Don’t Call It a Comeback

by March 07, 2013

BYU sophomore Tyler Haws remembers clearly what he did to ring in 2012.

“In the Philippines, New Year’s is crazy,” Haws recalled. “Fireworks are really cheap over there, so everyone buys them. They’re not just the small ones either, they’re the huge ones that shoot into the air. So you just stay up all night and shoot fireworks until early in the morning.”

A year later, the 6-5 shooting guard created some memorable fireworks of his own by lighting up Virginia Tech for a career-high 42 points on December 29 during a win which consequently served as an emphatic re-introduction to the college hoops landscape.

Following a decorated high school career at Lone Peak (UT) that included two state titles, two Mr. Basketball awards and a long list of school records including leaving as the all-time leading scorer and rebounder, Haws set a BYU record as a freshman by sinking 48 consecutive free throws and averaged 11 points during the Cougars’ ’09-10 season that ended in the second round of the Big Dance.

Seemingly on the fast track to the pinnacle of his career, with all the accolades every hooper dreams of but a miniscule percentage achieve, Haws put hoops on hold for two years for another part of his life he holds dear, instead of joining Jimmer Fredette and Jackson Emery on their eventual 2011 Sweet 16 run without much hesitation.

“I had made my decision when I was a little kid that I’d serve a two-year mission,” he said. “I guess I had a few second thoughts and what-ifs, but I always wanted to serve and I knew it was important. When the time came, it wasn’t tough.”

After serving in the Philippines until April of 2012, Haws has been playing as if he never left.

He currently is top 10 in the country in scoring (20.9 ppg), shooting nearly 48 percent from the field, and joined Danny Ainge as the only Cougar to reach 1,000 points in their first two seasons.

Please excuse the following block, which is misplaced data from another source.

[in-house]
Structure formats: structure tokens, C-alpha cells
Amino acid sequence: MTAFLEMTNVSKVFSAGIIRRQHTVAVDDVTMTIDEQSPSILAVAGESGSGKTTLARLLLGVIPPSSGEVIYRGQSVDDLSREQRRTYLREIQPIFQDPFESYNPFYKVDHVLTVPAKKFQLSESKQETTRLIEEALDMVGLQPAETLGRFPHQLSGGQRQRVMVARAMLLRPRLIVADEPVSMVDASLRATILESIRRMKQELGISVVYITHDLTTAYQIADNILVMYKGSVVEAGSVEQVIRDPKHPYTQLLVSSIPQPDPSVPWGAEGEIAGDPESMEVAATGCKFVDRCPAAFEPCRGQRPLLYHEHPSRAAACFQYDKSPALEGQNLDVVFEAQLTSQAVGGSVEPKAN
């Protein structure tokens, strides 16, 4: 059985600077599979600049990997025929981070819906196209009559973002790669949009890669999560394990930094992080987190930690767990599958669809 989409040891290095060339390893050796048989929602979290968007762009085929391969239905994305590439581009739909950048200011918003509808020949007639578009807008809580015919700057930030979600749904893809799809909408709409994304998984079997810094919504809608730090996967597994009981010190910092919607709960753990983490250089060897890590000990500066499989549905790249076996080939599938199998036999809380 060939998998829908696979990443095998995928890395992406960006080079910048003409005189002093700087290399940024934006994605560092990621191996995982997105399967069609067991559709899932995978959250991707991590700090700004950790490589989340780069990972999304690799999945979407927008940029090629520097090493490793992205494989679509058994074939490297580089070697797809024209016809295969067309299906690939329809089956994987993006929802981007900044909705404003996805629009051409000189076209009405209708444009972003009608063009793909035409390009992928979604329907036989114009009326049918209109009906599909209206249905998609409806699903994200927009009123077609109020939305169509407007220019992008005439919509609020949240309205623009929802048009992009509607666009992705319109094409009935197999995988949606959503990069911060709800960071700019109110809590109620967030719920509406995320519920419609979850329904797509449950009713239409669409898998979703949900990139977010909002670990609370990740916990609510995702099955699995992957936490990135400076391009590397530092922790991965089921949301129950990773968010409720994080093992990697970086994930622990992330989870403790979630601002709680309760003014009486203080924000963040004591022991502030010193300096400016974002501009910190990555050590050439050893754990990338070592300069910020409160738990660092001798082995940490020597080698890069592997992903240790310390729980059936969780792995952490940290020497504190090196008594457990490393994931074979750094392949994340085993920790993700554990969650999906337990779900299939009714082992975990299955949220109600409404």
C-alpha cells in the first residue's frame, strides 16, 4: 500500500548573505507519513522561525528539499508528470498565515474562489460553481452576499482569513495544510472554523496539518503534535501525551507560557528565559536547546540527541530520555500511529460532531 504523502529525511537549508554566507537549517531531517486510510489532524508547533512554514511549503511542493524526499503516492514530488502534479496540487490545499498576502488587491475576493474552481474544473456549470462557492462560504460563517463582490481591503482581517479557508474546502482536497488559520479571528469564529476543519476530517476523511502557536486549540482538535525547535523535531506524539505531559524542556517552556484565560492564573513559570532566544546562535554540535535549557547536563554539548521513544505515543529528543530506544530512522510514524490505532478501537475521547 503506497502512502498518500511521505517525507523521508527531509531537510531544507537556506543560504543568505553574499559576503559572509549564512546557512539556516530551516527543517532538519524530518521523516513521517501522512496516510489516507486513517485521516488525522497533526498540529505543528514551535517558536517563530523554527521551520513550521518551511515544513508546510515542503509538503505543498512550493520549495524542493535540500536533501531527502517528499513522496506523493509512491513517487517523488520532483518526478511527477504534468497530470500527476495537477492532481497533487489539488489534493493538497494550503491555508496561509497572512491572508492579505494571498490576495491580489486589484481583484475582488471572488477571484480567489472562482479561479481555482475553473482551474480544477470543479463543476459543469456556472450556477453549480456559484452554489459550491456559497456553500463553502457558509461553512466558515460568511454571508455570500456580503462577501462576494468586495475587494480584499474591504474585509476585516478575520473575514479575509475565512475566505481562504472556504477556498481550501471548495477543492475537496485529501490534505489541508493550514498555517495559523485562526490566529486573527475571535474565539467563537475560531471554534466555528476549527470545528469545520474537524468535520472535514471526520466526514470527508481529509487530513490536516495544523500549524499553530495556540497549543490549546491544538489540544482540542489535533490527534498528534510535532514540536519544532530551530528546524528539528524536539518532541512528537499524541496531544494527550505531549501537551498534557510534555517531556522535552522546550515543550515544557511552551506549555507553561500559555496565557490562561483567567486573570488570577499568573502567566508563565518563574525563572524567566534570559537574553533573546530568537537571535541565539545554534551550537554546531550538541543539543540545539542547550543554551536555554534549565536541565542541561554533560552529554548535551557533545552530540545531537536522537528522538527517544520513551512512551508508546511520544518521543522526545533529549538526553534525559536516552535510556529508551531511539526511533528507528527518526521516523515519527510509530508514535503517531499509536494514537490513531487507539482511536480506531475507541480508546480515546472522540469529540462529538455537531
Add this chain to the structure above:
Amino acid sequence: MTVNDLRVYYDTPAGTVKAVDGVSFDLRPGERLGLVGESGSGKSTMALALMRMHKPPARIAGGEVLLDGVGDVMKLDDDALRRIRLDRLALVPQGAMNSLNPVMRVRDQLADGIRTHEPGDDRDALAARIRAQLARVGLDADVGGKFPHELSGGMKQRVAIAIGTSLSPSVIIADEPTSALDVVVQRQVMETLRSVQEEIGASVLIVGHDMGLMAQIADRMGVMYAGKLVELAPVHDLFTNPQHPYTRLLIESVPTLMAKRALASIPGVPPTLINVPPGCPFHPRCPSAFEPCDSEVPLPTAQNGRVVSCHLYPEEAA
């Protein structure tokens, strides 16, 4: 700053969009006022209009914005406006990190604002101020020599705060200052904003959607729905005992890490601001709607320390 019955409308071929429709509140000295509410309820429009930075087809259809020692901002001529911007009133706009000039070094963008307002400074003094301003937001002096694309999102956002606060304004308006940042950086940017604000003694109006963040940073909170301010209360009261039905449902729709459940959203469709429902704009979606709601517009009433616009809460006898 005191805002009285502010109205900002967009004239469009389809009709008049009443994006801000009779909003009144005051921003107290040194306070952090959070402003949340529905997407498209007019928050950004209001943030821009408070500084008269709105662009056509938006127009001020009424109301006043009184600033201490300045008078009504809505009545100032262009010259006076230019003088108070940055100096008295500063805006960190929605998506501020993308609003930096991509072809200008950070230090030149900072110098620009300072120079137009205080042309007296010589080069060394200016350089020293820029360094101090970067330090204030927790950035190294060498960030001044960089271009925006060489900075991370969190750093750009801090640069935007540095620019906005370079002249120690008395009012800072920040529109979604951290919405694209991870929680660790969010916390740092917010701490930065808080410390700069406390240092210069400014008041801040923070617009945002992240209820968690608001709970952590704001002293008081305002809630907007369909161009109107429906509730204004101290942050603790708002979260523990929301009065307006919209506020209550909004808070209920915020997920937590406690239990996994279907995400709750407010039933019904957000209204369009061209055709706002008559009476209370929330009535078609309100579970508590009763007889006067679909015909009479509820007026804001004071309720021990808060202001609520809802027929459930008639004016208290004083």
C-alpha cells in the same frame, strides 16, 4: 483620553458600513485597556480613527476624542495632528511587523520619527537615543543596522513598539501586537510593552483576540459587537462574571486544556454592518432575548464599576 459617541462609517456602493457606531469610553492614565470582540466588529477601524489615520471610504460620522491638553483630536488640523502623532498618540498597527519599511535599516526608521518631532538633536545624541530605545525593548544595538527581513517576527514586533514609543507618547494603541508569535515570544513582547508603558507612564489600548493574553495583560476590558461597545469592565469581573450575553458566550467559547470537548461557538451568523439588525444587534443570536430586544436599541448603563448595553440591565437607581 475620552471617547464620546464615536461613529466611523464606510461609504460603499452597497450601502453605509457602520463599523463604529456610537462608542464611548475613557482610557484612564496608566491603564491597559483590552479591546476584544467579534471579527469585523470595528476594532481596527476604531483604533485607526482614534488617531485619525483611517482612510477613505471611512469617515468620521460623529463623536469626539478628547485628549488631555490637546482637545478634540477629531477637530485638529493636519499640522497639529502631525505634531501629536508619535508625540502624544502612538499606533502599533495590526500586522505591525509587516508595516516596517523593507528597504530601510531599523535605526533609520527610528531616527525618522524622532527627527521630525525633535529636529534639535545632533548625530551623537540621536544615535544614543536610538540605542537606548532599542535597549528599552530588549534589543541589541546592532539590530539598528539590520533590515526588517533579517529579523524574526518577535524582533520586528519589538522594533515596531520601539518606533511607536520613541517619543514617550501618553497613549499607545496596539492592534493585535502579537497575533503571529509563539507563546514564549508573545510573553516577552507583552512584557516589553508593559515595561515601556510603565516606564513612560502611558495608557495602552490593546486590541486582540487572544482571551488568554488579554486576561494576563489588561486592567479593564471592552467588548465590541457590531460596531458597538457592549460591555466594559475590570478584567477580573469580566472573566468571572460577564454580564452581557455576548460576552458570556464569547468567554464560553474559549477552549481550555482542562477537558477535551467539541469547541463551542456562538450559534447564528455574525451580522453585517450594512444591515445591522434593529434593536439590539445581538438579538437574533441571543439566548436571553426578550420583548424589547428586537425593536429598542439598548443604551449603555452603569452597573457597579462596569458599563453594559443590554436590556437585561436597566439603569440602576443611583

Given Haws’ track record on the court, the numbers he’s put up this season aren’t too surprising given his ability to move without the ball, come off screens to knock down shots, or create off the dribble. He also possesses a post-up game rarely seen among two-guards these days.

But it’s his tireless work ethic, which has been the catalyst to his success on the court prior to his mission and since coming back from his two-year hiatus from the game.

Shortly following the conclusion of his freshman season, Haws packed up for the Missionary Training Center in Utah for close to three months before heading off to the Philippines. Playing or training at the Division I level was not on his schedule during that time, but that isn’t to say it was totally out of his life.

“Basketball is really big in the Philippines,” Haws said. “You can’t go down one street without seeing a hoop or a game going. They play barefoot or in flip-flops. So every once in a while, when we’d be walking around they’d see a big, tall American and throw me the ball and tell me to dunk it or shoot it. So I’d stop and shoot with them for a few minutes. But for the most part I didn’t play that much basketball.”